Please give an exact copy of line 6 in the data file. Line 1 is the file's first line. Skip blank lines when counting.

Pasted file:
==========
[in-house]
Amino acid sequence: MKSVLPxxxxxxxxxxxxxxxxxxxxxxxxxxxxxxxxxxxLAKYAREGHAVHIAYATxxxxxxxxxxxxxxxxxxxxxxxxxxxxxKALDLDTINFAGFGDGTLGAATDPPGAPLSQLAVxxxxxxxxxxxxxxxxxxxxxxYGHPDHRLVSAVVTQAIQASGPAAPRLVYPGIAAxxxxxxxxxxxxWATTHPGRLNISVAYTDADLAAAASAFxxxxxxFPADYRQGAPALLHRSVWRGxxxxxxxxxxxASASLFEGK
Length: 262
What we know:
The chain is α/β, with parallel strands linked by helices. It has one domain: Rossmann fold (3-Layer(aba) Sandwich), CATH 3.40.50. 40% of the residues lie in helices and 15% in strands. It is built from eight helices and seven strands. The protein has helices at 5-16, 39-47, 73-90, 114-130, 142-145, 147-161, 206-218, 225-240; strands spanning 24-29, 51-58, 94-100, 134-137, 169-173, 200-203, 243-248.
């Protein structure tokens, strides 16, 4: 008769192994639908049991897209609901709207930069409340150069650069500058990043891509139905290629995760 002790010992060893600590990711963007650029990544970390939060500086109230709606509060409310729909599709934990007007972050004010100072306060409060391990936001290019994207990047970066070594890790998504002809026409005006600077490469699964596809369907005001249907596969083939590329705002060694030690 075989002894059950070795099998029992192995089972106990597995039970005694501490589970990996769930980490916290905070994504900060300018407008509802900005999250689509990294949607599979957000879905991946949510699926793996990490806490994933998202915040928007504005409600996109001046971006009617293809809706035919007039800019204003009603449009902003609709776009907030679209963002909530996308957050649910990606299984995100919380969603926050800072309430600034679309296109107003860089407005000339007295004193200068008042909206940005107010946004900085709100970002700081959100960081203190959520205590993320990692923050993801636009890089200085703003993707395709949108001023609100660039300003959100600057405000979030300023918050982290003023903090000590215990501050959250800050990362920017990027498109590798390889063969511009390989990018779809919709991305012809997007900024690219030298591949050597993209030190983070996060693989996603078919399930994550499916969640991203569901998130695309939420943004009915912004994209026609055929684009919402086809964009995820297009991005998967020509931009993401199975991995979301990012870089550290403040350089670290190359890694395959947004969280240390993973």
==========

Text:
């Protein structure tokens, strides 16, 4: 008769192994639908049991897209609901709207930069409340150069650069500058990043891509139905290629995760 002790010992060893600590990711963007650029990544970390939060500086109230709606509060409310729909599709934990007007972050004010100072306060409060391990936001290019994207990047970066070594890790998504002809026409005006600077490469699964596809369907005001249907596969083939590329705002060694030690 075989002894059950070795099998029992192995089972106990597995039970005694501490589970990996769930980490916290905070994504900060300018407008509802900005999250689509990294949607599979957000879905991946949510699926793996990490806490994933998202915040928007504005409600996109001046971006009617293809809706035919007039800019204003009603449009902003609709776009907030679209963002909530996308957050649910990606299984995100919380969603926050800072309430600034679309296109107003860089407005000339007295004193200068008042909206940005107010946004900085709100970002700081959100960081203190959520205590993320990692923050993801636009890089200085703003993707395709949108001023609100660039300003959100600057405000979030300023918050982290003023903090000590215990501050959250800050990362920017990027498109590798390889063969511009390989990018779809919709991305012809997007900024690219030298591949050597993209030190983070996060693989996603078919399930994550499916969640991203569901998130695309939420943004009915912004994209026609055929684009919402086809964009995820297009991005998967020509931009993401199975991995979301990012870089550290403040350089670290190359890694395959947004969280240390993973």